30,000 South African coal miners poised to strike
The fate of the South African mining industry is once again in the hands of striking workers.
The country's powerful National Union of Mineworkers (NUM) on Sunday announced that coal miners will down tools following failed negotiations with industry.
Over 30,000 workers are expected to walk picket lines starting at 18:00 local time, DW Akademie reported.
NUM wants a 14 percent increase in wages for miners and officials plus a 13 to 14 percent rise in pay for the lowest-paid workers, according to the media report. Coal companies are offering about 8 percent.
It's only been about six months since the last coal mine strike in South Africa. In April NUM members walked off the job at Anglo American’s (LON:AAL) Kleinkopje coal mine. In March, the NUM said it may seek pay hikes of up to 100 percent for its lowest-paid members, which currently make 6,000 rand ($491) a month in gold, 7,000 rand in coal and 9,000 rand in the diamond sector.
Sunday's negative news for coal mining in South Africa comes two days after a labour settlement was reached in the country's beleaguered gold sector. On Friday Harmony Gold (NYSE:HMY) and AngloGold Ashanti (NYSE:AU) reached three-year wage agreements with unions following four months of contentious negotiations reported the Wall Street Journal.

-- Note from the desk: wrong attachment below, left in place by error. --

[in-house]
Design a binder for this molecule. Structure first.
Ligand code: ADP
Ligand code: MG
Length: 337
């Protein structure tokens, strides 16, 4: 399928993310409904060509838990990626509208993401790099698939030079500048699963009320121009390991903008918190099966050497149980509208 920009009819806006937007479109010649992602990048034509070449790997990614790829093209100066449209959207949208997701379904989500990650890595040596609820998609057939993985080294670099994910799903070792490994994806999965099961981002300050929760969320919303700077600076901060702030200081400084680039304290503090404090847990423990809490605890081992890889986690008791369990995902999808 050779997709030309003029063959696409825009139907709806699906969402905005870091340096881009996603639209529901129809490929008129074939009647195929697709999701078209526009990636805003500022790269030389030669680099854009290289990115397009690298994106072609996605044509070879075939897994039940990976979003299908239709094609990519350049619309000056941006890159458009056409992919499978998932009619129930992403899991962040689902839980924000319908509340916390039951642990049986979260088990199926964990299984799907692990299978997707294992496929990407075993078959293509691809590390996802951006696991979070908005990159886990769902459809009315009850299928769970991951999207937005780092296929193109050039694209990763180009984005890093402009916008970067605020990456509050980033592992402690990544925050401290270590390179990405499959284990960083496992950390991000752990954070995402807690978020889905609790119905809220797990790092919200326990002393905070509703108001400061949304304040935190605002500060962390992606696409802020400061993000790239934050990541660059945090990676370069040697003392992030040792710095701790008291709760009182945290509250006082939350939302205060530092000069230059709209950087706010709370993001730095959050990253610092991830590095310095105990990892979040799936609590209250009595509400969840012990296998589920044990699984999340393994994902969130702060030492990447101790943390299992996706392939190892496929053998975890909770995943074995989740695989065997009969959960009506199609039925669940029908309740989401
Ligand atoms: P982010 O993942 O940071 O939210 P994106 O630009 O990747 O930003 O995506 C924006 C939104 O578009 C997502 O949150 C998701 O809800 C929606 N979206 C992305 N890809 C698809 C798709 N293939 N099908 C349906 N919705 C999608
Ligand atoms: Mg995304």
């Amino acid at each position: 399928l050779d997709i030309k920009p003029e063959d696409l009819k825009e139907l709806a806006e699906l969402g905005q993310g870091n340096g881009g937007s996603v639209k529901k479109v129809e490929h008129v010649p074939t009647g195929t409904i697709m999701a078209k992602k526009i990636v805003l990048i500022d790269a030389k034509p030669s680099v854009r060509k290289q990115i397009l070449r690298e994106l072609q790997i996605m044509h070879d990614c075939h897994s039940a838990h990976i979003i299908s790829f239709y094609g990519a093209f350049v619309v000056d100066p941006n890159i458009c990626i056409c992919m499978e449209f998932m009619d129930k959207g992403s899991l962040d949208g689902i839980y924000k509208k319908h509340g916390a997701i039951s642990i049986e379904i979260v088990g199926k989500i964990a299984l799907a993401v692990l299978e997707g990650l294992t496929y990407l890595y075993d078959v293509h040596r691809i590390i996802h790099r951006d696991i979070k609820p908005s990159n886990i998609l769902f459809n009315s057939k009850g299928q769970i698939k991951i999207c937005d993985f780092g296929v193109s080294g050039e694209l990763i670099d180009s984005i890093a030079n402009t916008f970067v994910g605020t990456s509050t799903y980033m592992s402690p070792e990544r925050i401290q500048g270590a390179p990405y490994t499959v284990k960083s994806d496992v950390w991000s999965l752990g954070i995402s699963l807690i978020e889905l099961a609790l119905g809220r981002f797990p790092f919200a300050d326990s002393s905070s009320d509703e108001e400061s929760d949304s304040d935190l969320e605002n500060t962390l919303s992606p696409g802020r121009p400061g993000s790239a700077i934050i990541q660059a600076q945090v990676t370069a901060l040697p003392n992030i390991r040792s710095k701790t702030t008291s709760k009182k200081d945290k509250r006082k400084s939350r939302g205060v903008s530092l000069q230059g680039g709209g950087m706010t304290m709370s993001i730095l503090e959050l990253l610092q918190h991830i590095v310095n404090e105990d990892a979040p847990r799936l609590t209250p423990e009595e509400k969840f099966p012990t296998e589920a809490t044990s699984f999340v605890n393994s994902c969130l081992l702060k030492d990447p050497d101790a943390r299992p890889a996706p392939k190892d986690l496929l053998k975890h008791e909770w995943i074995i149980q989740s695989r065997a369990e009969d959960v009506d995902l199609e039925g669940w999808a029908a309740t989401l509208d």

Over the summer the unions held a hammer over the nation's largest gold producers, with both the NUM and the more militant Association of Mineworkers and Construction Union (AMCU) rejecting an offered 17 percent pay rise. Friday's deal includes annual wage hikes of between 9 and 13 percent. It is estimated that over half of South Africa's gold mines are currently unprofitable at current prices.
Experts believe that the troubles affecting gold producers in South Africa go way deeper than the usual cycles the mining industry experiences.
The country, which holds some the deepest and oldest gold mines in the world, needs to invest heavily in new technologies to reduce labour costs, increase efficiencies at gold extraction and be able to work 24 hours a day all year long. Currently, miners in South Africa work about two-thirds of the day, 275 days a year, recent data from the Chamber of Mines shows.